The benefits of social interaction for people with Alzheimer’s disease or dementia

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If you are caring for a parent or family member who is living with cognitive changes, you probably know how important healthy eating, restful sleep, and medical care are to their overall quality of life. But you may not have realized the importance of socializing and staying connected to others.

Studies have shown that socialization is almost as influential on health as diet and exercise. For people with Alzheimer’s disease or dementia, this is just as important, but it can be more difficult to achieve. Some families may notice behavioral changes in their loved one, including a tendency to withdraw from others, which can lead to isolation and poor social connection.

If your spouse, parent, or family member needs help and encouragement to stay in touch and interact with others, you may want to consider these tips:

  1. Give companionship

Understand how important engagement with others is to your loved one. Look for ways to offer them real company and support as they face new challenges.

  1. Arrange for family and friends to visit

Others may not know if visits are welcome. Encourage family and friends to stay in touch and give them suggestions on how to make visits enjoyable and beneficial.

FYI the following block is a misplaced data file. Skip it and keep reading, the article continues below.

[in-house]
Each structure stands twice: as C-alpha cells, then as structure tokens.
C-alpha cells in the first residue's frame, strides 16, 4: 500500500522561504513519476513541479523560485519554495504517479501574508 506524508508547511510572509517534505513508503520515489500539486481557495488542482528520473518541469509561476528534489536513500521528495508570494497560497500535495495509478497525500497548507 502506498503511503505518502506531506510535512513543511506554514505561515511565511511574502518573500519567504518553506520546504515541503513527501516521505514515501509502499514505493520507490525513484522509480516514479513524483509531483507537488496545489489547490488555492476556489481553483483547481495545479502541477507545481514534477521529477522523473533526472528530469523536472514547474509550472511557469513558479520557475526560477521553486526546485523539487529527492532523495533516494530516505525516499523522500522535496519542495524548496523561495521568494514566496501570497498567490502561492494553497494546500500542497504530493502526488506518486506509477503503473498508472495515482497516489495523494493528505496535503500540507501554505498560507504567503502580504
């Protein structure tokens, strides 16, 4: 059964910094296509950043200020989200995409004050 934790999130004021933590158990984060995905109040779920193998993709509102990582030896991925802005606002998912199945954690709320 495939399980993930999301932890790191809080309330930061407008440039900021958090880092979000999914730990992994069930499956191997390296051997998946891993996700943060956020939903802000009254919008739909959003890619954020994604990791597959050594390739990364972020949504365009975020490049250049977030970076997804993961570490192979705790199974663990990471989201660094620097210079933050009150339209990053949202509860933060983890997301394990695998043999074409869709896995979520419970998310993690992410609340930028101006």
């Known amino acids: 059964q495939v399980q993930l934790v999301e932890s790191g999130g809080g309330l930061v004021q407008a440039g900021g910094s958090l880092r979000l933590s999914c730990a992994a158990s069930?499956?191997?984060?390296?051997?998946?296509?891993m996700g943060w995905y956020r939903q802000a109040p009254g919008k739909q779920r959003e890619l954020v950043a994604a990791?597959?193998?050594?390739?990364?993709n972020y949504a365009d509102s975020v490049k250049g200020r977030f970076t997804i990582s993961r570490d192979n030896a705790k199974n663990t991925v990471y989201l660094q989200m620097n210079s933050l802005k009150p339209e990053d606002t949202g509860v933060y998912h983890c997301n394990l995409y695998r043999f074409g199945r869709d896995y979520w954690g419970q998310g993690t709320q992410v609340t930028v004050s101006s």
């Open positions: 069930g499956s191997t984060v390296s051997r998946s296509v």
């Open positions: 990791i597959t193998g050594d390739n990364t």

1. Create a comfortable environment for socializing

Take steps to make your loved one and the space as comfortable as possible. Crowded places or noisy rooms can increase anxiety.

  1. Customize the time

Be sure to tailor all tours and activities to the tastes and preferences of your family member. Avoid any “one size fits all” plan or expectation of what an activity should accomplish.

How a Memory Care Community Can Help

A memory care community may offer therapy, activities, and group meetings that encourage residents to engage with each other and with the community as a whole. The healthcare team understands the importance of social interaction and is there to build rich, personal relationships with those they care for. Memory Care Communities can also be a great resource for the family as they learn to overcome the challenges that come with a diagnosis of Alzheimer’s disease or dementia.

If you’re wondering if a retirement home might be the best choice for you or your loved one, we’re here to answer all of your questions. Call us at 1-866-ESKATON (1-866-375-2866) or visit eskaton.org.


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